Yeah, definitely. I have to tell you a story. In Morning Star, you know how all the Bangarra and Ballet men are painted up? When Mum came to see the show she did not know which one I was! She just thought that everyone was a Bangarra dancer! That just goes to show how much the Ballet guys have picked up that style of dance. I just think “oh my God, you’re just amazing!”
My parents said the same thing! They asked “were you the one in the purple dress in Seven Sisters?” They said that we all really looked like sisters! Actually, Stephen said that too!
Yeah, I know!
A lot of people have commented on that actually, the way Bangarra and Ballet become one, and all of us feel so honoured to know that we’ve managed to pick up that language. I mean, when I watch a Bangarra show, I come away feeling so overwhelmed by how personal the expression is, because the stories are told by dancers who know them deeply and have such an intrinsic connection with them. The sincerity of the Bangarra performances have such a profound impact on me. It’s wonderful to know that when we are onstage with you guys, we are successfully sharing that with the audience!
Oh yeah, definitely. And we feel it from you guys. We can feel that energy onstage. I think it was Jake and Cameron (Hunter) who were telling some of the backstage crew how they felt about Warumuk, and they were saying that they had never felt anything like that in their life, that kind of energy and spirit when we’re out onstage. They said that it meant a lot to them and they felt really strong about it. I can imagine you girls feel exactly the same, because I see it in you onstage. It’s just awesome to have that connection with you guys.
Yeah, it sure is. Even from the creation process, I loved when the Bangarra ladies were teaching us how to do the traditional walking step, telling us to imagine kicking up the dusty earth with our feet. I love thinking of that every show. Something else that people have talked about is the, I guess, socio-cultural statement of the merging of our two companies. Is that something that is ever in your consciousness?
I definitely do feel very strong about my culture. But you see, I can’t even say “there’s a time and place” to be outspoken about your culture because we carry it in our blood, we carry the blood of our ancestors in our blood, and it’s something that’s always there. I feel really strong about that. There’s times when you can let that all out, especially when we’re involved in cultural events, there’s times when you’ll see my culture much more evident in me. You know, when I’m with my own people I talk the language and all that stuff and that’s when it’s more present, but if I’m onstage or if I’m walking up the road … it depends what circumstances I’m in.
Yeah, I guess I find the subject interesting because it does provoke thought within me, about the beauty of artistic collaboration and the uniting effect it has. For me, I guess being half-Indonesian and growing up in very multicultural schools means that I’ve been exposed to lots of different cultures from a young age, to the point that in daily life the separation of cultures doesn’t cross my mind. But I do think it’s important that collaborations like this exist to remind audiences of that commonality. I guess someone could write a whole essay about it! Maybe I will one day?!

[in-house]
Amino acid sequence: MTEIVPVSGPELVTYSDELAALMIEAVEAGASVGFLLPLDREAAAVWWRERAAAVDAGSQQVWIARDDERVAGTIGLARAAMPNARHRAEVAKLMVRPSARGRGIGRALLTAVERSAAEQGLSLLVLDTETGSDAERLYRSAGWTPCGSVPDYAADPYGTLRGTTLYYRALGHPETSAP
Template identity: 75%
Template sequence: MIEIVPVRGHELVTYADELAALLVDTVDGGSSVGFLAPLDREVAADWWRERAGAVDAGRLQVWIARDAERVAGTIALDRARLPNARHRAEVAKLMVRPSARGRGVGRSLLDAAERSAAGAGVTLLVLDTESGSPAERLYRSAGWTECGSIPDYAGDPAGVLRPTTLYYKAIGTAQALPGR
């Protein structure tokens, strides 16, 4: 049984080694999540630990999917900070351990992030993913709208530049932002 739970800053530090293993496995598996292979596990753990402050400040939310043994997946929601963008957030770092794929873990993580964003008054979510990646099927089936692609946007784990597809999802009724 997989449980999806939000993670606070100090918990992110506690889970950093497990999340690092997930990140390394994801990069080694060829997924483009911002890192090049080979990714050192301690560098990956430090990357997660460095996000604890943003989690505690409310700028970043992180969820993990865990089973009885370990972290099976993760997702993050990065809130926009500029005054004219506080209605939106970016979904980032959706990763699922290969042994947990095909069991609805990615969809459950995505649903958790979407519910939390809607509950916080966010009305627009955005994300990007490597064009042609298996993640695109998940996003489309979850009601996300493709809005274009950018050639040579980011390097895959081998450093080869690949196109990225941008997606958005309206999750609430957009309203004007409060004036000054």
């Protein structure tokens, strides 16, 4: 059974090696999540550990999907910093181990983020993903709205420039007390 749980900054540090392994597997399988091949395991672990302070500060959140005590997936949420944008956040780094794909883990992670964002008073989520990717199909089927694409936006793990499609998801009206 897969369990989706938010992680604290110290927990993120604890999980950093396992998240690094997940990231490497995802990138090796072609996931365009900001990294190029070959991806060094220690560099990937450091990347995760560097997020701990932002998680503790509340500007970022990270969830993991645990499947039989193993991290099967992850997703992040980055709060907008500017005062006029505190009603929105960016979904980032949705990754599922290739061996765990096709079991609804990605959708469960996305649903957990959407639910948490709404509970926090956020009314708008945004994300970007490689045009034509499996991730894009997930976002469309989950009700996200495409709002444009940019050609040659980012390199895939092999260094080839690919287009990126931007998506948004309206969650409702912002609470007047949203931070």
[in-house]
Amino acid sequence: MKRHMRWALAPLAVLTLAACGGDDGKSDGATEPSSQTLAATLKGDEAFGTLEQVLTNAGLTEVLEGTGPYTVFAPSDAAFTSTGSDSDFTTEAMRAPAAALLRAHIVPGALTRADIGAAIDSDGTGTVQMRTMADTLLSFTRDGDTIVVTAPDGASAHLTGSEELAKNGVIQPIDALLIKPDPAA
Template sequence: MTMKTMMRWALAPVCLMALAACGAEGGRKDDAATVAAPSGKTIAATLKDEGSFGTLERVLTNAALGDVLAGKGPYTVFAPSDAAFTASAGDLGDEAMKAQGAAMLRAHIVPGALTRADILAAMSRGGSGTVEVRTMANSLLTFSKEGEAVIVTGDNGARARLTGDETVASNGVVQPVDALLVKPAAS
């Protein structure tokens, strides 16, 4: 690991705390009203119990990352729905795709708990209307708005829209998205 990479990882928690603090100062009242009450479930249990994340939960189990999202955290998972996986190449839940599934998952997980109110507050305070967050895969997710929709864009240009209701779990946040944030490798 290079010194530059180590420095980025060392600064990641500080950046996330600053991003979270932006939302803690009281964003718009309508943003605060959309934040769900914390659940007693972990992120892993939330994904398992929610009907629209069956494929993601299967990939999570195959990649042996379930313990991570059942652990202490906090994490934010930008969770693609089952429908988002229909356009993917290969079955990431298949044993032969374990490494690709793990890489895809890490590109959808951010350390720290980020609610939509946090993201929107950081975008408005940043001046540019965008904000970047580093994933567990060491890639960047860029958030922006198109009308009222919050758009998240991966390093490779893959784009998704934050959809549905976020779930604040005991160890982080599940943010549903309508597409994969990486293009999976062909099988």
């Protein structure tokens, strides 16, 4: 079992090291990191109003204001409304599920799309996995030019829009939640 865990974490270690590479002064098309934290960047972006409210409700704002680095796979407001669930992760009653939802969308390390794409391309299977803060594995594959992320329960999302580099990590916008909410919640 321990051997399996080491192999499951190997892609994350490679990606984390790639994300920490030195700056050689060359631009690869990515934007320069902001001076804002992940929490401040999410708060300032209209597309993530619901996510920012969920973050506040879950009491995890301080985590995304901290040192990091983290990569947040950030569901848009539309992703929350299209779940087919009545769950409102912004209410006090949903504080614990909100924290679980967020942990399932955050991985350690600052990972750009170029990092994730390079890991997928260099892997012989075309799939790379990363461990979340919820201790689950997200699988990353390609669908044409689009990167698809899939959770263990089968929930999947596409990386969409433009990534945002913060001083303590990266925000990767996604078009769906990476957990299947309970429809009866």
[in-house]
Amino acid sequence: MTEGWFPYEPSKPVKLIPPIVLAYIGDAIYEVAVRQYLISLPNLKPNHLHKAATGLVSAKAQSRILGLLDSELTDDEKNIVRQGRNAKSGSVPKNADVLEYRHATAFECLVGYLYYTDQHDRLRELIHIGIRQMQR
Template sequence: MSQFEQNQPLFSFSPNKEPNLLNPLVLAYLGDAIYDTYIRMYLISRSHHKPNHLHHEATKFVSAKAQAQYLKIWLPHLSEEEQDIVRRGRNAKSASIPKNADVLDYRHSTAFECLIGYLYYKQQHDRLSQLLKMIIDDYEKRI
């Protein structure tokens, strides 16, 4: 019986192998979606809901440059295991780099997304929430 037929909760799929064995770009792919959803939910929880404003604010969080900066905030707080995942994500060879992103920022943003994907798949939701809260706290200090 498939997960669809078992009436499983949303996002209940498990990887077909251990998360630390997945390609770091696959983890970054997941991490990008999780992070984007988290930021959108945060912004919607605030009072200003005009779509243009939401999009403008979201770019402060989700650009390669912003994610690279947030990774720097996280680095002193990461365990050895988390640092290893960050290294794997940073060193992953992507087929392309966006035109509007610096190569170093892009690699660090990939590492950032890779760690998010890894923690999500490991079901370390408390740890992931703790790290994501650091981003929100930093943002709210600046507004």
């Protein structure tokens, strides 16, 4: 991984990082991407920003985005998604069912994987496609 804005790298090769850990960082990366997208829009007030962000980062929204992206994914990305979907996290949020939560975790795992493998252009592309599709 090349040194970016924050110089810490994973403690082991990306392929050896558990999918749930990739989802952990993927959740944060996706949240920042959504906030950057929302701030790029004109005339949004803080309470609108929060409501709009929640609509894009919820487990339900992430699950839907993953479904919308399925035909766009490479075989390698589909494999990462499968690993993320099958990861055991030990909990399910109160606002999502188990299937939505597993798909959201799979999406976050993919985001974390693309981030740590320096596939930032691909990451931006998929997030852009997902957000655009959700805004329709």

My uncle Rendra was a very outspoken human rights activist in Indonesia – he would read his provocative poetry in public and perform his plays amidst the oppressive political landscape of 1970s Indonesia. He always taught me that the role of an artist is to be a voice for the people, to improve their lives. So the role of art is to transmit these messages, which I guess in our case is sharing the deepest heart of Australian culture, from its origins with our first people to its current diversity. Dance really is unity.
That’s true. When I’m onstage I’m representing my family, my culture and my people, like I have them up onstage with me spiritually. It’s something I feel strong about when I’m dancing. I’m lucky that I am in a position to do that, being in an Indigenous company, I can tell those stories through dance up there onstage. It’s one way that I feel like I’m really contributing back to my people.
I still want to be able to dance for a few more years, while I’m still young, so to speak, but I definitely want to go back out into my community where I come from and teach dance, and teach the kids that they can leave home and pursue a career in dance or the entertainment industry, because there’s not that many opportunities up there in far north Queensland or other rural and regional areas for the arts. I just see so much potential in the young kids when I go back home, and they see me as a role model. I really want to be able to contribute back to my own community. Hopefully the next up-and-coming dancer from Mackay or Townsville or Cairns or the Torres Strait Islands can feel like they can do what I am doing, so that younger ones can look at them as role models and so on. I think it’s vital that we still keep our tradition and tell our stories through song, music, art and dance – you know, it’s in our blood, that’s what we do. I just want to carry that tradition on for future generations.
Don’t miss Bangarra’s next performance, Frances Rings’ Terrain, with music by David Page.